ElectraNet rolled out EKA CyberLock in over one-hundred (100+) substations and communications sites. Grant says that “ElectraNet now has over one-thousand and five-hundred (1,500) CyberKeys for approximately one-thousand and two-hundred (1,200) electronic lock cylinders on gates, doors and padlocks. EKA CyberLock secures ElectraNet’s network which extends all across South Australia – from Mt Gambier and the Victorian border, to Leigh Creek and Roxby downs and West to Wudinna.
“In most instances, all that was needed during the changeover to EKA CyberLock was the replacement of the lock cylinder, making the roll-out faster and particularly cost-effective. Even in the extreme heat of the desert, malfunctions are rare with correct device management”, adds Grant.
Grant, now the Senior Asset Security and Interface Engineer, “We have gone from a traditional master key system that has failed our security requirements and implemented EKA CyberLock. This has ensured our physical assets in Adelaide CBD or even on the edge of the Sturt Stony Desert are completely auditable, with user profiles loaded on the smart CyberKey ensuring our contractors and staff have timed access to the locks we give them. What’s more, the electronic lock cylinders don’t have a battery in them, so we never have to be concerned about changing low batteries across all of South Australia.”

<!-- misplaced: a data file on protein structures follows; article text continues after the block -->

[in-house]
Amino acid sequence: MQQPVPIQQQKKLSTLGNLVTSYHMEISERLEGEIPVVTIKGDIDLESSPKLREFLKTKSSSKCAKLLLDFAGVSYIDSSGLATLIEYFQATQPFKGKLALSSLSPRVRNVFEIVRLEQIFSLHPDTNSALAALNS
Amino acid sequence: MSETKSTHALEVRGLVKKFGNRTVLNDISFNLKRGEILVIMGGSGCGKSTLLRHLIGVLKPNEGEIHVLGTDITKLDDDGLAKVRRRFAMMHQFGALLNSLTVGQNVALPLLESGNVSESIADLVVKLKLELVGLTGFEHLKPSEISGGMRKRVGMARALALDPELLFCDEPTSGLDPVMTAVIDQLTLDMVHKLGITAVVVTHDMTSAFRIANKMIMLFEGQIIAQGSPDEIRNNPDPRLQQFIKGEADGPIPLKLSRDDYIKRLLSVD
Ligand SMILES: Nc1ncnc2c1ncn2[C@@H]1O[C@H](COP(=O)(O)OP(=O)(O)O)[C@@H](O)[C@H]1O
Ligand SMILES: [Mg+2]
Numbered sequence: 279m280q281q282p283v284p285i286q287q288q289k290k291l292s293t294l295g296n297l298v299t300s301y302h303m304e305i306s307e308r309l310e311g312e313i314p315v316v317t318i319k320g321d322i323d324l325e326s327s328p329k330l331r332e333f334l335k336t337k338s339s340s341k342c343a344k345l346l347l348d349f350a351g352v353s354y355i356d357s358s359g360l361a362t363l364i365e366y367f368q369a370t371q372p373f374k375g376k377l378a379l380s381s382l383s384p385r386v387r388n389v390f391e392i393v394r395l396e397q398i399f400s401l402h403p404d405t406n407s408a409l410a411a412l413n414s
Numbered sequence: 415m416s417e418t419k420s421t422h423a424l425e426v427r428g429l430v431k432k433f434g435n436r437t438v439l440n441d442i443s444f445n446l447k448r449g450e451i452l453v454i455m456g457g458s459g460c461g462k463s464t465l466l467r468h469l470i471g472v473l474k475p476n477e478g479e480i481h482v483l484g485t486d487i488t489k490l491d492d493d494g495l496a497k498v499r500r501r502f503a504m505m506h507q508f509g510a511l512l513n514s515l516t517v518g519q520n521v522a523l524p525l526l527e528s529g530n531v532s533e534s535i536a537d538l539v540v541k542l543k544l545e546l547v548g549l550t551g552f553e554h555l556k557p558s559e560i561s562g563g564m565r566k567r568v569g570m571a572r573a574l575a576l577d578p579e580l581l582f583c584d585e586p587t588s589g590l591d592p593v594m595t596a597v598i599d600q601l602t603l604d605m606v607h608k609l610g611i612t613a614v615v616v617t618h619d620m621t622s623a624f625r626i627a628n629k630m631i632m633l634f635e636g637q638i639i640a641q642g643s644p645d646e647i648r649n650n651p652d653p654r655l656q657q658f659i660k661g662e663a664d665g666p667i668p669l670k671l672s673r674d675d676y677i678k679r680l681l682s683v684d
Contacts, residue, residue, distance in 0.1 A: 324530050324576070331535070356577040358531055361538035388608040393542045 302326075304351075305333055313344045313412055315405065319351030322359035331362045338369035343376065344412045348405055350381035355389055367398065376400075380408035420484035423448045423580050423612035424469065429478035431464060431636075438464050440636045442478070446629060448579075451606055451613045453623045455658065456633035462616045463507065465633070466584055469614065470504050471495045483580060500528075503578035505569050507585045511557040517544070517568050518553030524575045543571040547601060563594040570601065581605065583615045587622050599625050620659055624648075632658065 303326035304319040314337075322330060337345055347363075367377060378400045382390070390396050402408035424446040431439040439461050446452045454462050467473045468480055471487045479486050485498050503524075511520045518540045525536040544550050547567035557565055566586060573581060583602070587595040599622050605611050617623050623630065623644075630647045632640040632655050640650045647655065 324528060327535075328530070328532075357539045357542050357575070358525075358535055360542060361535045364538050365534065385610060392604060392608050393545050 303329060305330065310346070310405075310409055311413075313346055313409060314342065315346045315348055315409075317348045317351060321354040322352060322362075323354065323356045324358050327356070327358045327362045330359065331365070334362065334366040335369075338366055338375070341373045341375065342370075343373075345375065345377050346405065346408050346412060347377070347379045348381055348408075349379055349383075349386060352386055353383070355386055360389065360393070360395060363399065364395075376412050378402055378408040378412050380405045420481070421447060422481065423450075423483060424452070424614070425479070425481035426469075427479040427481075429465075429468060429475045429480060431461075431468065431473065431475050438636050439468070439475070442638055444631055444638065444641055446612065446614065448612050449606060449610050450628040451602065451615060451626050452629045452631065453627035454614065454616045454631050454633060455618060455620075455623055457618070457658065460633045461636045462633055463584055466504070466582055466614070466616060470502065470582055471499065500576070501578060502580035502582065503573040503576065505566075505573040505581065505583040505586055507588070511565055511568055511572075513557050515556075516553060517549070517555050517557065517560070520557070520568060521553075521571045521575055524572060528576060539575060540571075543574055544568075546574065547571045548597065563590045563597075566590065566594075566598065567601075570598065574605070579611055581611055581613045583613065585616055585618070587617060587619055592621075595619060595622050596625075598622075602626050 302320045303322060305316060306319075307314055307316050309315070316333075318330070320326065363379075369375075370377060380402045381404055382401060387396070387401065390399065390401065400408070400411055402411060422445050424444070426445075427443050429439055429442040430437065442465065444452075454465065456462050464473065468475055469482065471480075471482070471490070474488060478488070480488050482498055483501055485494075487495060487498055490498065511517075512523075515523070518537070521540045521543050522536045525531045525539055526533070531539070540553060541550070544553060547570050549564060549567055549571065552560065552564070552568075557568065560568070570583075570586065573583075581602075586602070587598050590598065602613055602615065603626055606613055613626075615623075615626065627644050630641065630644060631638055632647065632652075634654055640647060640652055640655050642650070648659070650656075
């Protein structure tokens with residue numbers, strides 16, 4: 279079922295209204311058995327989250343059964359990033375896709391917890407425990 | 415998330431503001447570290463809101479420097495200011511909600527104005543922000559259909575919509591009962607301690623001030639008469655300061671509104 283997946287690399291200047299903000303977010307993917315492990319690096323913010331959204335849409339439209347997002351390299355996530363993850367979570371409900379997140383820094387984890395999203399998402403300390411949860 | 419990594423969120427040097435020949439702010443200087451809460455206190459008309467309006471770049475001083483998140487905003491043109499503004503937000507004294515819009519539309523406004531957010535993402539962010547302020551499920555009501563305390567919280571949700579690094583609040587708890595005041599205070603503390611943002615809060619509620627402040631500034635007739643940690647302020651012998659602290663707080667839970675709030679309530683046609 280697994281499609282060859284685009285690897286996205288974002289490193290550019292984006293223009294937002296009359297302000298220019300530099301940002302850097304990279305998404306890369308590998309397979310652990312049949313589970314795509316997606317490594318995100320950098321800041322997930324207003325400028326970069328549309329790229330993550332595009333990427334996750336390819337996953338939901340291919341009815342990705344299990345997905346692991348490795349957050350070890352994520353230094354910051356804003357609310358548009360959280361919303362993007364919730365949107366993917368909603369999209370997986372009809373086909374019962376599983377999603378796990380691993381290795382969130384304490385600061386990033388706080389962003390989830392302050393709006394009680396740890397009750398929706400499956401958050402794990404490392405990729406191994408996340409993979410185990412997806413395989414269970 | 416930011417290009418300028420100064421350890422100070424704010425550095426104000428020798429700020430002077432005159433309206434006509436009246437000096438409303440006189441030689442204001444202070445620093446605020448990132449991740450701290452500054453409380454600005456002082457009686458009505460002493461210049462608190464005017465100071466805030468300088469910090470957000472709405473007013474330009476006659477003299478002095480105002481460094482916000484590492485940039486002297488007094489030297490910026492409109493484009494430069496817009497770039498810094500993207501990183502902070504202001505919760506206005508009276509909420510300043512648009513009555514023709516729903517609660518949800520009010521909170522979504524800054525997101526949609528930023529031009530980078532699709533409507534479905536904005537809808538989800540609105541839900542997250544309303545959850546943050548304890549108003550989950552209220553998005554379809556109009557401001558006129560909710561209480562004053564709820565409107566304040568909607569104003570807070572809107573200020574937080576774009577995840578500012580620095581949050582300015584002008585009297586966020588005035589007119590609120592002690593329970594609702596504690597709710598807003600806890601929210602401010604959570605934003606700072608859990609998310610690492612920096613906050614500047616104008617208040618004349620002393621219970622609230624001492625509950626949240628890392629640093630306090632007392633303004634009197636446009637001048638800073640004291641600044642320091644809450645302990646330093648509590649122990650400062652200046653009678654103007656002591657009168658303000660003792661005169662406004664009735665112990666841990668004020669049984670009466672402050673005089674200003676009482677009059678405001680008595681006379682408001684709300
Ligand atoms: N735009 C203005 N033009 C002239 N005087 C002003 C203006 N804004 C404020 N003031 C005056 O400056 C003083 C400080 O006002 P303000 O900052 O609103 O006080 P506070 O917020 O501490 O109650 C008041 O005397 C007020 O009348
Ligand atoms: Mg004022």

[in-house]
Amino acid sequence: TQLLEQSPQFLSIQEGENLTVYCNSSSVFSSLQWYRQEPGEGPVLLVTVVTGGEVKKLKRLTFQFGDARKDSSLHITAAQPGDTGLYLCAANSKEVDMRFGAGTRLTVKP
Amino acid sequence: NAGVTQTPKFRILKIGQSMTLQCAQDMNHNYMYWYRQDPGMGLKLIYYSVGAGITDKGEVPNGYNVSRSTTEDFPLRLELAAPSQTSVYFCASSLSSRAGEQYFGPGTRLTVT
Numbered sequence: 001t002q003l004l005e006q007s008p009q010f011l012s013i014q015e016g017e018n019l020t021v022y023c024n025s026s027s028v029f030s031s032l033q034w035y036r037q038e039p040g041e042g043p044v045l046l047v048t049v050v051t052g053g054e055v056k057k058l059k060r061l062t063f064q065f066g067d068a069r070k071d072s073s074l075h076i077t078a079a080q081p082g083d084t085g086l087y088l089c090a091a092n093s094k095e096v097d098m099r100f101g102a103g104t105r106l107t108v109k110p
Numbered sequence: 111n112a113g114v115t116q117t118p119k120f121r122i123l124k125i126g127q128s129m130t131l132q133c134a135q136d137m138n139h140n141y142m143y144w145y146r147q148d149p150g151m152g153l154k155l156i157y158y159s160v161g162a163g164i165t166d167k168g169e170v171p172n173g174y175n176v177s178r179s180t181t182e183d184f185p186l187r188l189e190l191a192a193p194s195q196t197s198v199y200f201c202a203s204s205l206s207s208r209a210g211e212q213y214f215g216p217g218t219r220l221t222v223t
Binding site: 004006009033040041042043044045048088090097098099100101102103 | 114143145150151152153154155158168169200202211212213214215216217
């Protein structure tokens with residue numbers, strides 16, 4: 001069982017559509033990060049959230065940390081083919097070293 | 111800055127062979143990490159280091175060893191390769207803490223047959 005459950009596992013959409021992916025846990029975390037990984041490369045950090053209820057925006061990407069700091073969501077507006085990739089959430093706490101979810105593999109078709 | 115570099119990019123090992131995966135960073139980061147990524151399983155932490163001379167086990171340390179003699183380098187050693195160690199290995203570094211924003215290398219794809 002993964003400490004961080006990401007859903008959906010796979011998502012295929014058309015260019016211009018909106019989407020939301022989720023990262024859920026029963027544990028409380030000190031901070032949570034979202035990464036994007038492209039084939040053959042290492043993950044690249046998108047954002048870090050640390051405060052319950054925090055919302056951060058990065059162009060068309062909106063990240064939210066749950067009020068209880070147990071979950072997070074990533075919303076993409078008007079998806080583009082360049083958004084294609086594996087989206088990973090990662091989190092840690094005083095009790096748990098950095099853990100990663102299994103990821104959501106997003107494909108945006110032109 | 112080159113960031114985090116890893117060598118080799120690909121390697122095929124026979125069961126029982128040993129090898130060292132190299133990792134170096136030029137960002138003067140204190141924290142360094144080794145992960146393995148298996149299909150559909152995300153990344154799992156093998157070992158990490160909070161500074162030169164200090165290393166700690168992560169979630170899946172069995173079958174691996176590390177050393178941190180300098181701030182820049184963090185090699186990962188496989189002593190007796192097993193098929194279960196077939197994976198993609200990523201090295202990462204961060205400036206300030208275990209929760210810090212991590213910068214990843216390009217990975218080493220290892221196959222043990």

More recently, ElectraNet have acquired five of the award winning Validikey 20-key vault to add to its security arsenal. The Validikey 20-key vault have been successfully used by staff for the past several months. Two of these vaults have been installed in SA Power Networks buildings where Electranet shares fifty substations. ElectraNet being the site manager, are required to give access to SA Power Networks employees and contractors. By converting more of these employees and contractors from infrequent access from dedicated CyberKeys, ElectraNet now utilises mission keys which are short term use of onsite CyberKeys within the 20 key vault. Grant concludes, “Previously, a CyberKey used to sit in a desk drawer for months before it was needed to be used which meant batteries could be flat and latest lock lists and permissions were not loaded – all of which prevented people from accessing a site. With the mission keys removed from the 20-key vaults, batteries are fully charged, latest lock lists are loaded, and using a test lock they can check to ensure the CyberKey will give access as required before they leave the area. If there are any issues we can rectify them on the spot by making any required changes.” ElectraNet have also installed another 20-key vault in the premises of one of their major contractors.
ElectraNet have also deployed a Flex System across two sites utilising weatherised vaults and keypads to provide access for other industry partners who only require access at a site. The benefit of the Flex System is that ElectraNet can issue one CyberKey within the weatherised vault, instead of eighty keys which are only used approximately once per year. ElectraNet plan to roll out additional Flex Systems over the coming months.
Furthermore, ElectraNet are currently trialling Bluetooth2 CyberKey with the CyberAudit Link smartphone application for practically real time audit trail and access control anywhere across South Australia.
Installer: Salisbury Locksmiths